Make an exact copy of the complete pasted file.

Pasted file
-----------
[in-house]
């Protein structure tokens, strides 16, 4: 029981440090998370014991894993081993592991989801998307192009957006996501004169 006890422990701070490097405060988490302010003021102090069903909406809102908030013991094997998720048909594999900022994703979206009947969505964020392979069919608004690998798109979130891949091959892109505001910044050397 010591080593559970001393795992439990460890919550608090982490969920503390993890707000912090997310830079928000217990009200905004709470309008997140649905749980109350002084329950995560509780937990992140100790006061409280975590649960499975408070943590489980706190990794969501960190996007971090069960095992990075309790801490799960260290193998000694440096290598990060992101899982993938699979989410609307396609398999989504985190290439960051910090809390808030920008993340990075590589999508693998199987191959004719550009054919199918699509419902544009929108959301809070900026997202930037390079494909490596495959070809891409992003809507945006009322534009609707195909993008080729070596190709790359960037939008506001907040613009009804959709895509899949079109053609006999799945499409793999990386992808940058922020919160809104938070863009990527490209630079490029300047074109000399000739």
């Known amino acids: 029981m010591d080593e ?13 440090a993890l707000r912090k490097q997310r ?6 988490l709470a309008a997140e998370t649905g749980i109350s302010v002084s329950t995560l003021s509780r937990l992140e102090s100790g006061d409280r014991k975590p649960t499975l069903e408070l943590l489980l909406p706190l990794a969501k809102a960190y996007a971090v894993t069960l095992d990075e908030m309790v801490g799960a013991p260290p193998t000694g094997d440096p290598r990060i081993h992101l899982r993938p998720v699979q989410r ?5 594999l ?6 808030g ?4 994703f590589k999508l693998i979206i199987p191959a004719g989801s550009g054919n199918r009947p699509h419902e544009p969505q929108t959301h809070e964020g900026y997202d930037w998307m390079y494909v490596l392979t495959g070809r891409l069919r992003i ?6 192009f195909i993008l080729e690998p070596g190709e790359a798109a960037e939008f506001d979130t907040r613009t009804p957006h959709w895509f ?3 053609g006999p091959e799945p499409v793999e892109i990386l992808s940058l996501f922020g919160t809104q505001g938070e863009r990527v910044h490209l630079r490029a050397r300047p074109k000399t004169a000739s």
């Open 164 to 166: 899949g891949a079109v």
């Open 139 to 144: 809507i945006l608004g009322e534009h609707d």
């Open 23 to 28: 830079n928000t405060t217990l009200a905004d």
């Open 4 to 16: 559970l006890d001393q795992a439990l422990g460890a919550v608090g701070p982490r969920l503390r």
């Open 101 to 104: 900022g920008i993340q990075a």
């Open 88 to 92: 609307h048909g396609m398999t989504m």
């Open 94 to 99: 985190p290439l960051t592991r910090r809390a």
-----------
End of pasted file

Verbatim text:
[in-house]
């Protein structure tokens, strides 16, 4: 029981440090998370014991894993081993592991989801998307192009957006996501004169 006890422990701070490097405060988490302010003021102090069903909406809102908030013991094997998720048909594999900022994703979206009947969505964020392979069919608004690998798109979130891949091959892109505001910044050397 010591080593559970001393795992439990460890919550608090982490969920503390993890707000912090997310830079928000217990009200905004709470309008997140649905749980109350002084329950995560509780937990992140100790006061409280975590649960499975408070943590489980706190990794969501960190996007971090069960095992990075309790801490799960260290193998000694440096290598990060992101899982993938699979989410609307396609398999989504985190290439960051910090809390808030920008993340990075590589999508693998199987191959004719550009054919199918699509419902544009929108959301809070900026997202930037390079494909490596495959070809891409992003809507945006009322534009609707195909993008080729070596190709790359960037939008506001907040613009009804959709895509899949079109053609006999799945499409793999990386992808940058922020919160809104938070863009990527490209630079490029300047074109000399000739």
């Known amino acids: 029981m010591d080593e ?13 440090a993890l707000r912090k490097q997310r ?6 988490l709470a309008a997140e998370t649905g749980i109350s302010v002084s329950t995560l003021s509780r937990l992140e102090s100790g006061d409280r014991k975590p649960t499975l069903e408070l943590l489980l909406p706190l990794a969501k809102a960190y996007a971090v894993t069960l095992d990075e908030m309790v801490g799960a013991p260290p193998t000694g094997d440096p290598r990060i081993h992101l899982r993938p998720v699979q989410r ?5 594999l ?6 808030g ?4 994703f590589k999508l693998i979206i199987p191959a004719g989801s550009g054919n199918r009947p699509h419902e544009p969505q929108t959301h809070e964020g900026y997202d930037w998307m390079y494909v490596l392979t495959g070809r891409l069919r992003i ?6 192009f195909i993008l080729e690998p070596g190709e790359a798109a960037e939008f506001d979130t907040r613009t009804p957006h959709w895509f ?3 053609g006999p091959e799945p499409v793999e892109i990386l992808s940058l996501f922020g919160t809104q505001g938070e863009r990527v910044h490209l630079r490029a050397r300047p074109k000399t004169a000739s």
């Open 164 to 166: 899949g891949a079109v």
């Open 139 to 144: 809507i945006l608004g009322e534009h609707d």
């Open 23 to 28: 830079n928000t405060t217990l009200a905004d």
């Open 4 to 16: 559970l006890d001393q795992a439990l422990g460890a919550v608090g701070p982490r969920l503390r």
């Open 101 to 104: 900022g920008i993340q990075a």
């Open 88 to 92: 609307h048909g396609m398999t989504m």
């Open 94 to 99: 985190p290439l960051t592991r910090r809390a």